Phenotype and Phenotypic Variation

views updated

Phenotype and phenotypic variation

The word phenotype refers to the observable characters or attributes of individual organisms, including their morphology, physiology, behavior, and other traits. The phenotype of an organism is limited by the boundaries of its specific genetic complement (genotype ), but is also influenced by environmental factors that impact the expression of genetic potential.

All organisms have unique genetic information, which is embodied in the particular nucleotide sequences of their DNA (deoxyribonucleic acid ), the genetic biochemical of almost all organisms, except for viruses and bacteria that utilize RNA as their genetic material. The genotype is fixed within an individual organism but is subject to change (mutations ) from one generation to the next due to low rates of natural or spontaneous mutation. However, there is a certain degree of developmental flexibility in the phenotype, which is the actual or outward expression of the genetic information in terms of anatomy, behavior, and biochemistry . This flexibility can occur because the expression of genetic potential is affected by environmental conditions and other circumstances.

Consider, for example, genetically identical bacterial cells, with a fixed complement of genetic each plated on different gels. If one bacterium is colonized under ideal conditions, it can grow and colonize its full genetic potential. However, if a genetically identical bacterium is exposed to improper nutrients or is otherwise grown under adverse conditions, colony formation may be stunted. Such varying growth patterns of the same genotype are referred to as phenotypic plasticity. Some traits of organisms, however, are fixed genetically, and their expression is not affected by environmental conditions. Moreover, the ability of species to exhibit phenotypically plastic responses to environmental variations is itself, to a substantial degree, genetically determined. Therefore, phenotypic plasticity reflects both genetic capability and varying expression of that capability, depending on circumstances.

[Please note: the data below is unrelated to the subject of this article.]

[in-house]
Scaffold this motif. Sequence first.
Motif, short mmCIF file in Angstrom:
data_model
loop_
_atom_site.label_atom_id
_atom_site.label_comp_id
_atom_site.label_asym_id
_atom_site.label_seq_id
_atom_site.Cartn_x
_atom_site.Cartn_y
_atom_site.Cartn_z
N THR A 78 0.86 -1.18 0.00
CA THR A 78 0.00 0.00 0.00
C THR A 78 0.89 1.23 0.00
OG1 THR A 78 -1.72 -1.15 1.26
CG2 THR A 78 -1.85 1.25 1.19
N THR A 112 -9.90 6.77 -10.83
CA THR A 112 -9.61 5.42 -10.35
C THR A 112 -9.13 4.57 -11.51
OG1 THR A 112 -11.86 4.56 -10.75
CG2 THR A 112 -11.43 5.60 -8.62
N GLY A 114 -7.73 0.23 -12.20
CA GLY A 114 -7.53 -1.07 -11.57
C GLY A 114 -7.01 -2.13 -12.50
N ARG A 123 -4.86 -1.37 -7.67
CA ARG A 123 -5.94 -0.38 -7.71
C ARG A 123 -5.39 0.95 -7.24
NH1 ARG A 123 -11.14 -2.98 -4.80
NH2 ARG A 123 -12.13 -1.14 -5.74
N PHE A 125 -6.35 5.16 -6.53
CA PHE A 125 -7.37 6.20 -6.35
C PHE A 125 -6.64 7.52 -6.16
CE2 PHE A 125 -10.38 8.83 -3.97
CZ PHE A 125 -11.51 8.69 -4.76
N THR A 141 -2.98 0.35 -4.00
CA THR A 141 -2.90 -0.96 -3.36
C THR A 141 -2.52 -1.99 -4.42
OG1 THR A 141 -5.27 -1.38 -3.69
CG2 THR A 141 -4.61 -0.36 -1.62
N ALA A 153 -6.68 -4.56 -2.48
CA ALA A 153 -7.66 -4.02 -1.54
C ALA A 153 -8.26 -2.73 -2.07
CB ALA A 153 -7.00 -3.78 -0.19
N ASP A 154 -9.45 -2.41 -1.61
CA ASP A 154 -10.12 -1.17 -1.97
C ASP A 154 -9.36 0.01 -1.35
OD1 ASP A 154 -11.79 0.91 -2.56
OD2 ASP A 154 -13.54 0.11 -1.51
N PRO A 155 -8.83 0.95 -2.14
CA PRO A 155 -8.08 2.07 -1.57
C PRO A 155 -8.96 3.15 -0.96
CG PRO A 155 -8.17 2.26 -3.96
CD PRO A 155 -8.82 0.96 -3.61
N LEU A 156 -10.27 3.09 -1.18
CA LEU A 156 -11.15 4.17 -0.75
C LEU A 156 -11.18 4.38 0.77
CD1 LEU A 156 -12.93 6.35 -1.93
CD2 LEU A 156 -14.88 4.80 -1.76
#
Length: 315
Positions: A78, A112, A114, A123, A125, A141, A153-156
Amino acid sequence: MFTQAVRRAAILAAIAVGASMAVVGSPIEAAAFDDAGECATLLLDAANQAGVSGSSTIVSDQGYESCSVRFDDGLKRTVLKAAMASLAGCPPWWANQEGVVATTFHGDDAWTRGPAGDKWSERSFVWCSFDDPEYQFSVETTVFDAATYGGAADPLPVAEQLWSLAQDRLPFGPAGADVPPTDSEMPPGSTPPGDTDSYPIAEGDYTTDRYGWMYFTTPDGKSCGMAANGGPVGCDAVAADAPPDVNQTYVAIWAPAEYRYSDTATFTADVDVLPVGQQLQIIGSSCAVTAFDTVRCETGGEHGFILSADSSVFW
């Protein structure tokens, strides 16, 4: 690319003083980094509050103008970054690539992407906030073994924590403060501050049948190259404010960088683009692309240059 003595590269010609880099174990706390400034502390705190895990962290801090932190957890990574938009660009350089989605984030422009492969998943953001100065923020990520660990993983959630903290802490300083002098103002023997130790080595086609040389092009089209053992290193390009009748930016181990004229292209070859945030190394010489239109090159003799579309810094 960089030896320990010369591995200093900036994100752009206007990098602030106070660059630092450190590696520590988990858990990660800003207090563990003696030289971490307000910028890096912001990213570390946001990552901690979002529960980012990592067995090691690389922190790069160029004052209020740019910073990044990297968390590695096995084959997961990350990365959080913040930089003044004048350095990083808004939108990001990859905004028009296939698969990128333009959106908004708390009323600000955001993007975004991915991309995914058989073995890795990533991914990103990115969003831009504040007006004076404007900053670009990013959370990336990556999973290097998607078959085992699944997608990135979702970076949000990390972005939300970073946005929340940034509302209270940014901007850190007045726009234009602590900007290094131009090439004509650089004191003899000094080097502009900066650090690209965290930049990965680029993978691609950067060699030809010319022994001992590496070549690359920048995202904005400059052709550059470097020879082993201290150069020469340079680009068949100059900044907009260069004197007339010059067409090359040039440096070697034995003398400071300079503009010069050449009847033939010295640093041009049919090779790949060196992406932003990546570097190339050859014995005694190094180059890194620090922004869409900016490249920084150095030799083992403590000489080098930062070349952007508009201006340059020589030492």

Phenotypic variation is essential for evolution . Without a discernable difference among individuals in a population there are no genetic selection pressures acting to alter the variety and types of alleles (forms of genes) present in a population. Accordingly, genetic mutations that do not result in phenotypic change are essentially masked from evolutionary mechanisms.

Phenetic similarity results when phenotypic differences among individuals are slight. In such cases, it may take a significant alteration in environmental conditions to produce significant selection pressure that results in more dramatic phenotypic differences. Phenotypic differences lead to differences in fitness and affect adaptation.

See also DNA (Deoxyribonucleic acid); Molecular biology and molecular genetics